© 2014

Ethnographic Theology

An Inquiry into the Production of Theological Knowledge

  • Authors

Table of contents

  1. Front Matter
    Pages i-x
  2. Introduction

    1. Natalie Wigg-Stevenson
      Pages 1-16
  3. Part I

    1. Front Matter
      Pages 17-17
    2. Natalie Wigg-Stevenson
      Pages 19-46
    3. Natalie Wigg-Stevenson
      Pages 47-82
  4. Part II

    1. Front Matter
      Pages 83-83
    2. Natalie Wigg-Stevenson
      Pages 85-115
    3. Natalie Wigg-Stevenson
      Pages 117-141
    4. Natalie Wigg-Stevenson
      Pages 143-166
    5. Natalie Wigg-Stevenson
      Pages 167-175
  5. Back Matter
    Pages 177-210

About this book


This book uses ethnography as theological practice, yielding a theology constructed at the intersection of church, academy and everyday life. Drawing on the author's research in her Baptist church, the resulting 'ethnographic theology' produces creative theological insights, while also proposing fresh alternatives for Christian thought and action.


Ethnography Constructive Theology Feminist Theology Everyday Theologies Academic Theology Reflexive Sociology Kathryn Tanner Pierre Bourdieu Loïc Wacquant Michel de Certeau Sherry Ortner Baptist Ordained Ministry Ecclesiology Sanctification Soteriology Social Change Theological Formation Christian Education Theological Education action ethnography Everyday Life Habitus production research thought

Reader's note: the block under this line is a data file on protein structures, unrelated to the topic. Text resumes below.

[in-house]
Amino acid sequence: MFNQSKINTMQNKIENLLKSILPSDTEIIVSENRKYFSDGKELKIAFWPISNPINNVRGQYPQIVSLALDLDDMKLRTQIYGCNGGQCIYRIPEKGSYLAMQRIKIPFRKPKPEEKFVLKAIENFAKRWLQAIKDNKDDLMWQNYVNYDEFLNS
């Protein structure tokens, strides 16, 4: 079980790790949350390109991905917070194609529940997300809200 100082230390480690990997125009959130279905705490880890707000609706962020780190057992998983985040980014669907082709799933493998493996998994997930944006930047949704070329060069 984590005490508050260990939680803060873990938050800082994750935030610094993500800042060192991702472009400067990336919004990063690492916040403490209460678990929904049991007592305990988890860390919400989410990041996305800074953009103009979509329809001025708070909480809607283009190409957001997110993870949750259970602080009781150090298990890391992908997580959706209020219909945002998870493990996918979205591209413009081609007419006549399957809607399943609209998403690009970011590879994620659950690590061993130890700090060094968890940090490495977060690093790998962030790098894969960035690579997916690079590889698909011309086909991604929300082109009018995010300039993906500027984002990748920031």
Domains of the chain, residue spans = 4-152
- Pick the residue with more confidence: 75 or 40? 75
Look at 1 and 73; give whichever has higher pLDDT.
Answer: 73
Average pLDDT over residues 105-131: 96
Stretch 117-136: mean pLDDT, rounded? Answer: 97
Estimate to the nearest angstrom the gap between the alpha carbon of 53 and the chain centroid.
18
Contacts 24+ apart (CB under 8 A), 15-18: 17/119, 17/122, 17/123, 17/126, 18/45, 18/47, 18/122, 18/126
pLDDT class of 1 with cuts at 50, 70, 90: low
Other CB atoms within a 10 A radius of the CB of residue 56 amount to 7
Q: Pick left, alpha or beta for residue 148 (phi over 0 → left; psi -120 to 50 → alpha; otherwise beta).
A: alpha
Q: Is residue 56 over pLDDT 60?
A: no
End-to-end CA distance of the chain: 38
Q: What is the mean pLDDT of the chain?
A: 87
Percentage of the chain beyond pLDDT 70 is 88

About the authors

Natalie Wigg-Stevenson received her doctorate in theological studies from Vanderbilt University, USA, where she was a fellow in The Program in Theology and Practice. She is now Assistant Professor of Contextual Education and Theology at Emmanuel College of Victoria University in the University of Toronto, Canada, where she also founded and directs the Teaching for Ministry Program.  

Bibliographic information


“The volume is addressed to other academic theologians, particularly those who desire to produce knowledge not about or for but through those who empower their work. … I found her ways of weaving dense theory and theology through ethnography a pleasure to read.” (Rebecca Spurrier, Shorter Reviews, Vol. 70 (4), October, 2016)